Our study has several limitations. Firstly, our blocks were performed at mid-thigh. There exists some controversy as to the optimal location on the thigh for adductor canal block (as well as the nomenclature) [9,14], but since this is the approach that most investigators report [10,3234], we determined it was a valid model. Notwithstanding, our results should be interpreted with this specific anatomic location in mind, and we cannot be certain that femoral nerve block would be superior to an adductor canal block performed at a substantially more proximal location. Secondly, we employed a general anesthetic in order to quickly evaluate the effect of our intervention. While this avoided the confounding effect of a neuraxial block, it may limit the interpretation of our results in cases where a spinal anesthetic is used and the pain experience is potentially less abrupt. Thirdly, we used 2% chloroprocaine at the femoral nerve in order to produce a short-acting block and prevent any extended quadriceps motor weakness, since our practice is to have patients ambulate within 1 to 2 h of surgery. It is possible that the chloroprocaine produced a different sensory effect than would have a femoral block using 0.2% ropivacaine. Finally, we only investigated the relative pain intensity and opioid consumption, so we cannot comment on the effect of femoral nerve block versus adductor canal block on any other outcomes. Certainly, there are surgical and anesthetic imperatives to providing motor-sparing blocks in order to enhance and accelerate recovery. We are not advocating for an abandonment of the adductor canal block for total knee replacement in favor of femoral nerve block as there is clearly a central place for this motor-sparing block in modern knee arthroplasty practice, especially with an increasing number of outpatient knee replacement procedures being performed. Rather, our research question was whether these two techniques, in fact, provide the same analgesia under very controlled conditions. Despite what appears to be the prevailing trend in the literature, the answer seems to be that these blocks are quite different in terms of pain relief.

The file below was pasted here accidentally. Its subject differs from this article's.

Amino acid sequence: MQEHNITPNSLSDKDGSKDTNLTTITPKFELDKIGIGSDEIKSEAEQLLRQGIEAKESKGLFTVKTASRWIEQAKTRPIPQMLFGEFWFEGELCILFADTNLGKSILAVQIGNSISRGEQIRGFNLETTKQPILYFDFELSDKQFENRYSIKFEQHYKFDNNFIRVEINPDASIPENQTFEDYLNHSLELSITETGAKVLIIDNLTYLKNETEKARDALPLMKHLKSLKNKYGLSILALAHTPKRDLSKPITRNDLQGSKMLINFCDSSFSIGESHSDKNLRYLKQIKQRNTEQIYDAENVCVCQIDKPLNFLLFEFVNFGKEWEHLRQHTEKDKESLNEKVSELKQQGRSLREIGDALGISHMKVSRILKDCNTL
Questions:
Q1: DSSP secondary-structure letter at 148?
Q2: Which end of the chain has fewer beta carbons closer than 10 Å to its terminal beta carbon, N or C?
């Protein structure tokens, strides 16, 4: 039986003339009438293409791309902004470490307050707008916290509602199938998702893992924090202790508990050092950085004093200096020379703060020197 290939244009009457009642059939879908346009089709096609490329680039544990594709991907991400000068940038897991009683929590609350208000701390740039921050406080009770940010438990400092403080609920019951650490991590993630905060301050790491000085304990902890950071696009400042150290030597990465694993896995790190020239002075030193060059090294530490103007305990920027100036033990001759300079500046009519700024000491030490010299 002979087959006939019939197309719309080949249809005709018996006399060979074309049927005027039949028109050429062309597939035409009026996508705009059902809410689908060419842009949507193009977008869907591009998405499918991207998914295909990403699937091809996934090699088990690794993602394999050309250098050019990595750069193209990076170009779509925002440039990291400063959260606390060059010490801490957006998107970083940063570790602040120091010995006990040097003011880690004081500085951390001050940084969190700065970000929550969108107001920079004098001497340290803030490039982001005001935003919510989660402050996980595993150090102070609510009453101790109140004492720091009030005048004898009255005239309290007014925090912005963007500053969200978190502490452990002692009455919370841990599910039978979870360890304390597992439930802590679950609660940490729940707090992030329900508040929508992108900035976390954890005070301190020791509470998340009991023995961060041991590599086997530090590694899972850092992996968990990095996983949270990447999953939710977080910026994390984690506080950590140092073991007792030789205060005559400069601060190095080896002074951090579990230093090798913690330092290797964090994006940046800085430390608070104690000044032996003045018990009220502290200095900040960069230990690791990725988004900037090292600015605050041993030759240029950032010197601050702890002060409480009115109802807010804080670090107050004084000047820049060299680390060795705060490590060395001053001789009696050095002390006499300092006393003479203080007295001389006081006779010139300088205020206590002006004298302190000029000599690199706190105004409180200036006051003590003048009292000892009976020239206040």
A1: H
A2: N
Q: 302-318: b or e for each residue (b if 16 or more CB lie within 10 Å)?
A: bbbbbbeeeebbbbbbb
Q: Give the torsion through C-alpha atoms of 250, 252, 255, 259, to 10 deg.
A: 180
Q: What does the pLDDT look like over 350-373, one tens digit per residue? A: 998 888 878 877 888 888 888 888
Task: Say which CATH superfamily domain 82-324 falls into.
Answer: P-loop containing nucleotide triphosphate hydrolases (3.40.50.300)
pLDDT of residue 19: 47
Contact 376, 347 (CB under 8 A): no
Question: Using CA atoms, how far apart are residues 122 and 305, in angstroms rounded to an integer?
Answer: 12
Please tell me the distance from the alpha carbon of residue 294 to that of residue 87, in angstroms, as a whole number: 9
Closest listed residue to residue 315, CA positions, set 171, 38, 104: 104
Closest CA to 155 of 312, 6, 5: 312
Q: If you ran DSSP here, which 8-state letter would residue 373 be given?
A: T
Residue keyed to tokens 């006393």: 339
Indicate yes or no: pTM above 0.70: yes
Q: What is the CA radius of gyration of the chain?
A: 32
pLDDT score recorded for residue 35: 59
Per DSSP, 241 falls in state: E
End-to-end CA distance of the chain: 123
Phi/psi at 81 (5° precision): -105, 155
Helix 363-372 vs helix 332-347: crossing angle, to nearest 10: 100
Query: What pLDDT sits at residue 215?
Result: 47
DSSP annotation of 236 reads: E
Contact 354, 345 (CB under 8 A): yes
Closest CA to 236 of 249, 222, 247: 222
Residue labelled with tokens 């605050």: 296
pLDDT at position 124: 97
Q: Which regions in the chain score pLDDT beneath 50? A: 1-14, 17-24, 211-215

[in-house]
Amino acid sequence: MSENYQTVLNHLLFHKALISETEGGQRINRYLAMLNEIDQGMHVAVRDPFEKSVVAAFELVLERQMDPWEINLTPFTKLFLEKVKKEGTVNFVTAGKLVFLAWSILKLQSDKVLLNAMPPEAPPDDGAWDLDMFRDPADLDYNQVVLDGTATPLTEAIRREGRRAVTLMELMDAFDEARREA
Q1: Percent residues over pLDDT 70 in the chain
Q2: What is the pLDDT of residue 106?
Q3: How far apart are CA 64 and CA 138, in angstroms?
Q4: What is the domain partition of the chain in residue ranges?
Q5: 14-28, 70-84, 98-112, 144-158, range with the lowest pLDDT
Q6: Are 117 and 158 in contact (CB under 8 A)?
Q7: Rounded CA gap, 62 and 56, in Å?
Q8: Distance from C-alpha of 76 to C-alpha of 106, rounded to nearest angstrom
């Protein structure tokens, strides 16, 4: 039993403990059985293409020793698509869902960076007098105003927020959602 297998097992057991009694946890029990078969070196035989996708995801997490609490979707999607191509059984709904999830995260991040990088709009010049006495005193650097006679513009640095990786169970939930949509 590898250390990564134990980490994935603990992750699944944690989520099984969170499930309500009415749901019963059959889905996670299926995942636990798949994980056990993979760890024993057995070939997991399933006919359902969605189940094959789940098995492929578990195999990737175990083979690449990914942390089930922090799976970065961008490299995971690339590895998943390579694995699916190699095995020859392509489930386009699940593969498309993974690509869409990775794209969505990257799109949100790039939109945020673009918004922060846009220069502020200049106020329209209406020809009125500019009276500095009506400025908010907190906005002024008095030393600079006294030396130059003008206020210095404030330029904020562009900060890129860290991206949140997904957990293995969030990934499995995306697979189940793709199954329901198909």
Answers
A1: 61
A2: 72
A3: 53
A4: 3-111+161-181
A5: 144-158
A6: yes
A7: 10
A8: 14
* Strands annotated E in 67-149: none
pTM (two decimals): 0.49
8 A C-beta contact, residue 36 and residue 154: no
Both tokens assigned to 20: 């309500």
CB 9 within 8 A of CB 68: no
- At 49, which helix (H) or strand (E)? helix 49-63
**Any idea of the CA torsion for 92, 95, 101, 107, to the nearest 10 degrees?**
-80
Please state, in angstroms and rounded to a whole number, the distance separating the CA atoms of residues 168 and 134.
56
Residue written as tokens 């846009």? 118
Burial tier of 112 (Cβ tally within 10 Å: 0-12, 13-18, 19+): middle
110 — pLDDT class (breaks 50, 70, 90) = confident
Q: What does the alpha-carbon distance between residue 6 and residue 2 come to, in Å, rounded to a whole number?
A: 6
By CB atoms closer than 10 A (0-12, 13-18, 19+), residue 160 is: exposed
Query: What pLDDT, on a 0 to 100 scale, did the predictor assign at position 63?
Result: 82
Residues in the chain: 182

In conclusion, the femoral nerve block confers superior analgesia following total knee arthroplasty compared to adductor canal block. While the adductor canal block is motor-sparing, it also appears to be partially sensory-sparing, as confirmed by the anatomic facts as well as our results. Further research into the role of femoral nerve block versus adductor canal block for populations at particularly high risk for prolonged pain and/or opioid use is indicated, as well as the comparative value of femoral nerve block with adductor canal block when performed at various locations along the thigh.